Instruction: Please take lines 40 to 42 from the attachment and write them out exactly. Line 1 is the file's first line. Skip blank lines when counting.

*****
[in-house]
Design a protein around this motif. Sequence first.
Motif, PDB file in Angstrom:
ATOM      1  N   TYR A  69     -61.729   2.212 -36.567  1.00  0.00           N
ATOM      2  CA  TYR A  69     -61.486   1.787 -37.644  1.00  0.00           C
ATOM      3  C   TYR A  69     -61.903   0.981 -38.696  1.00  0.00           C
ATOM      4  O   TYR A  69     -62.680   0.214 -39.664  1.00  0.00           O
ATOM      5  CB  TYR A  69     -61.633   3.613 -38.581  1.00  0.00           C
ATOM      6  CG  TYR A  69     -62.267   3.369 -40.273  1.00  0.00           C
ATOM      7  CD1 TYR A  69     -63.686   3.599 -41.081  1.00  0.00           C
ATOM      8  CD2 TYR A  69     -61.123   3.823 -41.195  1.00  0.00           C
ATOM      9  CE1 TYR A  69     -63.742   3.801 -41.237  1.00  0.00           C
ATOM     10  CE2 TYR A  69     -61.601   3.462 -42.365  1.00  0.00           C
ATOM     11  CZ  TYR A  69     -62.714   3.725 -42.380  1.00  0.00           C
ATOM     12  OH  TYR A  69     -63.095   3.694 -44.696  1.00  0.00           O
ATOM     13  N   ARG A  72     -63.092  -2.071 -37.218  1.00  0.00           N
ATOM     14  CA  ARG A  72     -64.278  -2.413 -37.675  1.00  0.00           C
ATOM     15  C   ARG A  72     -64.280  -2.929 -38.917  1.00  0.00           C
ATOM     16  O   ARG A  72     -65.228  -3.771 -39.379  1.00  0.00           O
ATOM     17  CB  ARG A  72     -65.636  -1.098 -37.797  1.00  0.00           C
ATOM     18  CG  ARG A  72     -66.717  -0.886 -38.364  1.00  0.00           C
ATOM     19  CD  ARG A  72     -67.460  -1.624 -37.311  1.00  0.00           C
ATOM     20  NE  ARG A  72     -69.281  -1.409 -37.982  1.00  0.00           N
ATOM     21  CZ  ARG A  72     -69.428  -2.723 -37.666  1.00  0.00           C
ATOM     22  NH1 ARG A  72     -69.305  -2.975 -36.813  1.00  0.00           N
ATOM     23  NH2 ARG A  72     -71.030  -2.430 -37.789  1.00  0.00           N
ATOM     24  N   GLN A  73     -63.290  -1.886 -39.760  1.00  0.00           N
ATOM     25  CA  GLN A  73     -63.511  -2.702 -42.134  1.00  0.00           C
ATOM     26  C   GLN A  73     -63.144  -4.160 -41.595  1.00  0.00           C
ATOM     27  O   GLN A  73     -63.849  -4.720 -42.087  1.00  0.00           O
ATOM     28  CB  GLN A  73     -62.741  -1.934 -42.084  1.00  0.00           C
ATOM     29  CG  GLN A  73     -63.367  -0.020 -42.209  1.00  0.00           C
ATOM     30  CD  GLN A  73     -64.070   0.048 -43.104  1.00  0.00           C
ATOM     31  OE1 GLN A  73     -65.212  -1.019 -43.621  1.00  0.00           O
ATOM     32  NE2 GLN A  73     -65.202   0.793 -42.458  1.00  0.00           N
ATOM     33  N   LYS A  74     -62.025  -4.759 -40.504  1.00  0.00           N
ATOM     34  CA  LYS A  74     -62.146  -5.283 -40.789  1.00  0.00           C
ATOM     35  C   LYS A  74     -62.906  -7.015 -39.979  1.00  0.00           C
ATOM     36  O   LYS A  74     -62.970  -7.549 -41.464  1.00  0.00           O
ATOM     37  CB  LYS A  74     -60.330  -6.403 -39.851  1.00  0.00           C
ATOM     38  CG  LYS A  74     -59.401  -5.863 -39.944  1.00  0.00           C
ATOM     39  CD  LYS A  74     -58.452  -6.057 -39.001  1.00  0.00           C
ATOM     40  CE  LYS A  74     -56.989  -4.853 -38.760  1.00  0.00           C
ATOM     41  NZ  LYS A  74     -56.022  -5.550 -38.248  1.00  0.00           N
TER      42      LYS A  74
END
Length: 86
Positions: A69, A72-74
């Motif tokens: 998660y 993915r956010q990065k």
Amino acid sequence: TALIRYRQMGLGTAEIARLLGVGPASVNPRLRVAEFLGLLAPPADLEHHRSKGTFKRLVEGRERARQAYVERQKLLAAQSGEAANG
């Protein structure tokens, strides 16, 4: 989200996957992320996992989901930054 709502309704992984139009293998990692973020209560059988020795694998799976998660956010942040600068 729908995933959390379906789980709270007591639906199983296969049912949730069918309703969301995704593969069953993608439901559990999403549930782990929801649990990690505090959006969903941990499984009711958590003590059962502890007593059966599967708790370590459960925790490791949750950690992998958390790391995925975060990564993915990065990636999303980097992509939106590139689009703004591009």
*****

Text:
ATOM     37  CB  LYS A  74     -60.330  -6.403 -39.851  1.00  0.00           C
ATOM     38  CG  LYS A  74     -59.401  -5.863 -39.944  1.00  0.00           C
ATOM     39  CD  LYS A  74     -58.452  -6.057 -39.001  1.00  0.00           C